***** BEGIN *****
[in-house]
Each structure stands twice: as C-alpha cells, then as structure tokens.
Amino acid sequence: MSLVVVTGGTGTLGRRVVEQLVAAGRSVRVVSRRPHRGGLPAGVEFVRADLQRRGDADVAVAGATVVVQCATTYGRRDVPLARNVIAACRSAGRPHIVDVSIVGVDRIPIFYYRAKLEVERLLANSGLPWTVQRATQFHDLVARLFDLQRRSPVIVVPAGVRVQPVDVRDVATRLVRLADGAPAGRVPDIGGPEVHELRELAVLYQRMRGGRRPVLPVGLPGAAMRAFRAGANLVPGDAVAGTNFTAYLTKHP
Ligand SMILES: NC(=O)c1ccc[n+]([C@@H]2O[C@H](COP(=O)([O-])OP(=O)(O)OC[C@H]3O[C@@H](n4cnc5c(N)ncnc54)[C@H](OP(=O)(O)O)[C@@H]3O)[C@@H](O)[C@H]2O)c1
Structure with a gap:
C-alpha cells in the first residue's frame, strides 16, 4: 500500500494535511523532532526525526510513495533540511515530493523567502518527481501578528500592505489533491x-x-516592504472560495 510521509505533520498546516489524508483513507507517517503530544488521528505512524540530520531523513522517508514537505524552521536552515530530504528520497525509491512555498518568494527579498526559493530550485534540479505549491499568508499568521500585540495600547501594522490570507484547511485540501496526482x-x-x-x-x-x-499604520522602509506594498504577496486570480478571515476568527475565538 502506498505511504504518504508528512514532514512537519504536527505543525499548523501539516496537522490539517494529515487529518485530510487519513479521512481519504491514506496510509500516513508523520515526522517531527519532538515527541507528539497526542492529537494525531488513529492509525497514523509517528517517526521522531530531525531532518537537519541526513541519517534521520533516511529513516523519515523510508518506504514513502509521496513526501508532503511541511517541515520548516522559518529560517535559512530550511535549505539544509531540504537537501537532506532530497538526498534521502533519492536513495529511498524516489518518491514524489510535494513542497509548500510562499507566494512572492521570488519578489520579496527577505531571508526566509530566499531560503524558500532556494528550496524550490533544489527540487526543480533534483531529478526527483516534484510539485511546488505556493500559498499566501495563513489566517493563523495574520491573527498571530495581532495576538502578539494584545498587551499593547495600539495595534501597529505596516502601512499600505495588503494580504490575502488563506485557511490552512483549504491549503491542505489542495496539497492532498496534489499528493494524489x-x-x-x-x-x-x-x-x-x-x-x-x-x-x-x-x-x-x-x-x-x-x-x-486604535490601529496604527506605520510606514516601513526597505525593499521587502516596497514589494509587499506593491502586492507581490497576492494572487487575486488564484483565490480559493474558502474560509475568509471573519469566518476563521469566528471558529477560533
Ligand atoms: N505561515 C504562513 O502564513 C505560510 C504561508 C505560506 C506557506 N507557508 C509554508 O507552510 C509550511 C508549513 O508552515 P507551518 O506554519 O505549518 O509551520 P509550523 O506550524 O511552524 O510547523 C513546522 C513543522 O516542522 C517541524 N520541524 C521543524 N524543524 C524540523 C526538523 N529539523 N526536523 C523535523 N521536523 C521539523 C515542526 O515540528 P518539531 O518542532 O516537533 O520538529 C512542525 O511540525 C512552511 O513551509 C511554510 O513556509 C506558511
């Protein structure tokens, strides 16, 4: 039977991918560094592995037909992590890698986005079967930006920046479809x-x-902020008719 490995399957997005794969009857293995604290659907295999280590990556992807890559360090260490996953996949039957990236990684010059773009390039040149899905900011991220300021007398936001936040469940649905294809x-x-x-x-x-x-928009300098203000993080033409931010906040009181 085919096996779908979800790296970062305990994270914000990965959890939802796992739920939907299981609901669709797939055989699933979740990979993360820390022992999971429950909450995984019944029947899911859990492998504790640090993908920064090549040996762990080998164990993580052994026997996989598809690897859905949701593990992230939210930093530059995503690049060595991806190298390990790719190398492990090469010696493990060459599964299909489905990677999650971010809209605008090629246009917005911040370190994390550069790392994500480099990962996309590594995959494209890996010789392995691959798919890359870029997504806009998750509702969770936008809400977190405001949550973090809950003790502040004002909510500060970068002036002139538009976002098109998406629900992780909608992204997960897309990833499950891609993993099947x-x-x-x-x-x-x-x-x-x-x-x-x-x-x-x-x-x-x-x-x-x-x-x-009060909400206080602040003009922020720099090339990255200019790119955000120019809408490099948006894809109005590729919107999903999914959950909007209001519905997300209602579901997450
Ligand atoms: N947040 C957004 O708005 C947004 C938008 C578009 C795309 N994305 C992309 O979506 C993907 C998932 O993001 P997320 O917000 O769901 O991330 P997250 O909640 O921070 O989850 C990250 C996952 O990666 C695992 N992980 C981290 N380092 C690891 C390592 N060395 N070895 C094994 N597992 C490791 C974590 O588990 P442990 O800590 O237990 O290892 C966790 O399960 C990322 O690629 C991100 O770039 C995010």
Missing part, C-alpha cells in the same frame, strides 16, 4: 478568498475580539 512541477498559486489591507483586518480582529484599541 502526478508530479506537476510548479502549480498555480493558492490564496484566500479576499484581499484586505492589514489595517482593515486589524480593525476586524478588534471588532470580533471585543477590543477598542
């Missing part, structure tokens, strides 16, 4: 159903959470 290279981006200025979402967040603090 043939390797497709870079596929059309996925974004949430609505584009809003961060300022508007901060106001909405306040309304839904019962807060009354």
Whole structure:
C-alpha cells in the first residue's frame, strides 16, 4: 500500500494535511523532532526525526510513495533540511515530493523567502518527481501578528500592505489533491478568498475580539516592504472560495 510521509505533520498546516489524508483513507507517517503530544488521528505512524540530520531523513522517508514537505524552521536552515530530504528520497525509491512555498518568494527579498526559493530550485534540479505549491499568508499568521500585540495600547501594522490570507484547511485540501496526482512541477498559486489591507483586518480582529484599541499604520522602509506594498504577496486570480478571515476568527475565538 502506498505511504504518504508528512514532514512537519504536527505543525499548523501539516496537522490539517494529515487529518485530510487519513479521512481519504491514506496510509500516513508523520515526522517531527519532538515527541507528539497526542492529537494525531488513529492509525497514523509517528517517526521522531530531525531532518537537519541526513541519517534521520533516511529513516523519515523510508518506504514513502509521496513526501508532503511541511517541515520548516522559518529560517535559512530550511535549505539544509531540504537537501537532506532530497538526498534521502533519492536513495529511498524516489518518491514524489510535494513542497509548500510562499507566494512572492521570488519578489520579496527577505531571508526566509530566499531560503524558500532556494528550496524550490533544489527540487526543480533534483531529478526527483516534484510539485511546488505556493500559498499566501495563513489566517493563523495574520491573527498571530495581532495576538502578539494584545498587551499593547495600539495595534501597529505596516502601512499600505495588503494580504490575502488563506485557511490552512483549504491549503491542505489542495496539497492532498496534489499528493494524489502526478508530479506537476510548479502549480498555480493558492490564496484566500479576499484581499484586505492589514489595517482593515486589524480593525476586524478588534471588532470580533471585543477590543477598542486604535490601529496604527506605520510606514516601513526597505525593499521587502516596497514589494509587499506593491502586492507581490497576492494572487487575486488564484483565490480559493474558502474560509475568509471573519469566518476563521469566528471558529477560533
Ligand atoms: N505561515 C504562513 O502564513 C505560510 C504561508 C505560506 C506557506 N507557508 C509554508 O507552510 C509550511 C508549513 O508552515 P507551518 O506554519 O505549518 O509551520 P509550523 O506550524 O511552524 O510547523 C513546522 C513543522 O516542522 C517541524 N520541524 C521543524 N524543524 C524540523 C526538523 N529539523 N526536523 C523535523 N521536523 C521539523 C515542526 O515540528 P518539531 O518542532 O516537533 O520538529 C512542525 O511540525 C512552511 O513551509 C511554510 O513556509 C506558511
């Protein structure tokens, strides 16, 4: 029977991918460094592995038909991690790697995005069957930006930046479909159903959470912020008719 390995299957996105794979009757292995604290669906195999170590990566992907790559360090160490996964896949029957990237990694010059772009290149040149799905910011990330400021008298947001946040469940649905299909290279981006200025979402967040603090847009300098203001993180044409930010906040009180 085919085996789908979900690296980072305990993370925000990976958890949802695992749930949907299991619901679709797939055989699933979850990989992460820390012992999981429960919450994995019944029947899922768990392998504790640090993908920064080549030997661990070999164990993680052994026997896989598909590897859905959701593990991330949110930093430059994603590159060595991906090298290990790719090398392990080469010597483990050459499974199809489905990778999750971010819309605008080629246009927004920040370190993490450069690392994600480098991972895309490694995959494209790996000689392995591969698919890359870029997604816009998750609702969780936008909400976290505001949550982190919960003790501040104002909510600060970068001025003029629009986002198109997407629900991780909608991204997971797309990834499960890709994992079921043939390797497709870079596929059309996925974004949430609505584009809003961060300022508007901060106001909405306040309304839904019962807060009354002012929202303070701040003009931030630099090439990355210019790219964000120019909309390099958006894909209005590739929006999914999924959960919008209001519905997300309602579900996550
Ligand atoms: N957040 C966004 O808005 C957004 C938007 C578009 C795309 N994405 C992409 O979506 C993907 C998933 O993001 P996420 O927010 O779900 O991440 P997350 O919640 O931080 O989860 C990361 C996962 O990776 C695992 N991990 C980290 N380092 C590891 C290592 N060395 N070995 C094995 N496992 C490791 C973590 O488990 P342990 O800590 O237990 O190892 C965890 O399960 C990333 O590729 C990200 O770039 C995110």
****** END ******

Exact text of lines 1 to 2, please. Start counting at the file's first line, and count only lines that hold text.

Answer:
[in-house]
Each structure stands twice: as C-alpha cells, then as structure tokens.